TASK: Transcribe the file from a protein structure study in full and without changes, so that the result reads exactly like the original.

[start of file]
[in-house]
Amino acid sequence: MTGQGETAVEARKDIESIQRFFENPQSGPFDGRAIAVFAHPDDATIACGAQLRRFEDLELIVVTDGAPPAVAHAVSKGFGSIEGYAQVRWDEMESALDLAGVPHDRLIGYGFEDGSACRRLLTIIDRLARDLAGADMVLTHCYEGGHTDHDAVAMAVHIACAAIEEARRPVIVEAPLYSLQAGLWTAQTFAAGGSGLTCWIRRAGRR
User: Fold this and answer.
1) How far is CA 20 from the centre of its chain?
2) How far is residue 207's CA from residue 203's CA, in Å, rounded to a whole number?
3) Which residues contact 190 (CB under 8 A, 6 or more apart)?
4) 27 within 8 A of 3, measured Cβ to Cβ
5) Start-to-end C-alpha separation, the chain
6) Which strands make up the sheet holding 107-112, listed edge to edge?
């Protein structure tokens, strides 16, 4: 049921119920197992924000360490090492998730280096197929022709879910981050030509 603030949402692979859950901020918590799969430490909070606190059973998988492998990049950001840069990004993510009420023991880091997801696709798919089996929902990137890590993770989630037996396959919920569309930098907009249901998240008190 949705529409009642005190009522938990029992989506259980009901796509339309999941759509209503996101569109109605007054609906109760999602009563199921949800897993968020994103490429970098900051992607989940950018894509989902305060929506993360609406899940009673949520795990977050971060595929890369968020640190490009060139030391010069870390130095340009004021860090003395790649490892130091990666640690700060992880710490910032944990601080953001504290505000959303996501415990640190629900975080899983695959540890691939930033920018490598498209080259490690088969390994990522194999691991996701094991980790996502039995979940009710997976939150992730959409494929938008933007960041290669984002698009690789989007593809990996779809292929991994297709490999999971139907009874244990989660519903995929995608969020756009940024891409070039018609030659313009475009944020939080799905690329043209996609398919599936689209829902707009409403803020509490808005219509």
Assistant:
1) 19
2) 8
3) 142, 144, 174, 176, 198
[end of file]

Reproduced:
[in-house]
Amino acid sequence: MTGQGETAVEARKDIESIQRFFENPQSGPFDGRAIAVFAHPDDATIACGAQLRRFEDLELIVVTDGAPPAVAHAVSKGFGSIEGYAQVRWDEMESALDLAGVPHDRLIGYGFEDGSACRRLLTIIDRLARDLAGADMVLTHCYEGGHTDHDAVAMAVHIACAAIEEARRPVIVEAPLYSLQAGLWTAQTFAAGGSGLTCWIRRAGRR
User: Fold this and answer.
1) How far is CA 20 from the centre of its chain?
2) How far is residue 207's CA from residue 203's CA, in Å, rounded to a whole number?
3) Which residues contact 190 (CB under 8 A, 6 or more apart)?
4) 27 within 8 A of 3, measured Cβ to Cβ
5) Start-to-end C-alpha separation, the chain
6) Which strands make up the sheet holding 107-112, listed edge to edge?
């Protein structure tokens, strides 16, 4: 049921119920197992924000360490090492998730280096197929022709879910981050030509 603030949402692979859950901020918590799969430490909070606190059973998988492998990049950001840069990004993510009420023991880091997801696709798919089996929902990137890590993770989630037996396959919920569309930098907009249901998240008190 949705529409009642005190009522938990029992989506259980009901796509339309999941759509209503996101569109109605007054609906109760999602009563199921949800897993968020994103490429970098900051992607989940950018894509989902305060929506993360609406899940009673949520795990977050971060595929890369968020640190490009060139030391010069870390130095340009004021860090003395790649490892130091990666640690700060992880710490910032944990601080953001504290505000959303996501415990640190629900975080899983695959540890691939930033920018490598498209080259490690088969390994990522194999691991996701094991980790996502039995979940009710997976939150992730959409494929938008933007960041290669984002698009690789989007593809990996779809292929991994297709490999999971139907009874244990989660519903995929995608969020756009940024891409070039018609030659313009475009944020939080799905690329043209996609398919599936689209829902707009409403803020509490808005219509």
Assistant:
1) 19
2) 8
3) 142, 144, 174, 176, 198